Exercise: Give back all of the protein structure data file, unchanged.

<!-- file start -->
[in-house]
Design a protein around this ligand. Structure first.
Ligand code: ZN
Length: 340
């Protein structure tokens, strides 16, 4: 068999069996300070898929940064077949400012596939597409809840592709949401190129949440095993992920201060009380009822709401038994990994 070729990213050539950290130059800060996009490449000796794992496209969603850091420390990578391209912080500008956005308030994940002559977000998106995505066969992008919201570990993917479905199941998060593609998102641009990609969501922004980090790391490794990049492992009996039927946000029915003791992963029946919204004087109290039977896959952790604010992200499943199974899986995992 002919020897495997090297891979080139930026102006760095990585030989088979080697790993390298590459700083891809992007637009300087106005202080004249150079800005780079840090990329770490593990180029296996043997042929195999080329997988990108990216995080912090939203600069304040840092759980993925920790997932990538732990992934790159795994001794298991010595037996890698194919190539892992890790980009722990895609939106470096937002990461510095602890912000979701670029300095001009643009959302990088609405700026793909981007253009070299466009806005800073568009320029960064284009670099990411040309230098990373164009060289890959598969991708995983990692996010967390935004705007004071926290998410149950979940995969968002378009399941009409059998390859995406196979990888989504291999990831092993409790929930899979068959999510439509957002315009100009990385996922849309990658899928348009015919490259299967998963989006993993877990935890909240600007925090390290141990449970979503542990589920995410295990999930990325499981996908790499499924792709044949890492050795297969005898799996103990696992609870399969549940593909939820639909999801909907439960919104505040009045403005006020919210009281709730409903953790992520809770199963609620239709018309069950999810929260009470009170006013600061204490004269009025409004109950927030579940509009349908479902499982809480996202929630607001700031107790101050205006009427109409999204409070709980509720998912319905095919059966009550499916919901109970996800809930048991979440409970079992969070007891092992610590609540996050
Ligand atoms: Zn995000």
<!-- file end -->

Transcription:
[in-house]
Design a protein around this ligand. Structure first.
Ligand code: ZN
Length: 340
């Protein structure tokens, strides 16, 4: 068999069996300070898929940064077949400012596939597409809840592709949401190129949440095993992920201060009380009822709401038994990994 070729990213050539950290130059800060996009490449000796794992496209969603850091420390990578391209912080500008956005308030994940002559977000998106995505066969992008919201570990993917479905199941998060593609998102641009990609969501922004980090790391490794990049492992009996039927946000029915003791992963029946919204004087109290039977896959952790604010992200499943199974899986995992 002919020897495997090297891979080139930026102006760095990585030989088979080697790993390298590459700083891809992007637009300087106005202080004249150079800005780079840090990329770490593990180029296996043997042929195999080329997988990108990216995080912090939203600069304040840092759980993925920790997932990538732990992934790159795994001794298991010595037996890698194919190539892992890790980009722990895609939106470096937002990461510095602890912000979701670029300095001009643009959302990088609405700026793909981007253009070299466009806005800073568009320029960064284009670099990411040309230098990373164009060289890959598969991708995983990692996010967390935004705007004071926290998410149950979940995969968002378009399941009409059998390859995406196979990888989504291999990831092993409790929930899979068959999510439509957002315009100009990385996922849309990658899928348009015919490259299967998963989006993993877990935890909240600007925090390290141990449970979503542990589920995410295990999930990325499981996908790499499924792709044949890492050795297969005898799996103990696992609870399969549940593909939820639909999801909907439960919104505040009045403005006020919210009281709730409903953790992520809770199963609620239709018309069950999810929260009470009170006013600061204490004269009025409004109950927030579940509009349908479902499982809480996202929630607001700031107790101050205006009427109409999204409070709980509720998912319905095919059966009550499916919901109970996800809930048991979440409970079992969070007891092992610590609540996050
Ligand atoms: Zn995000």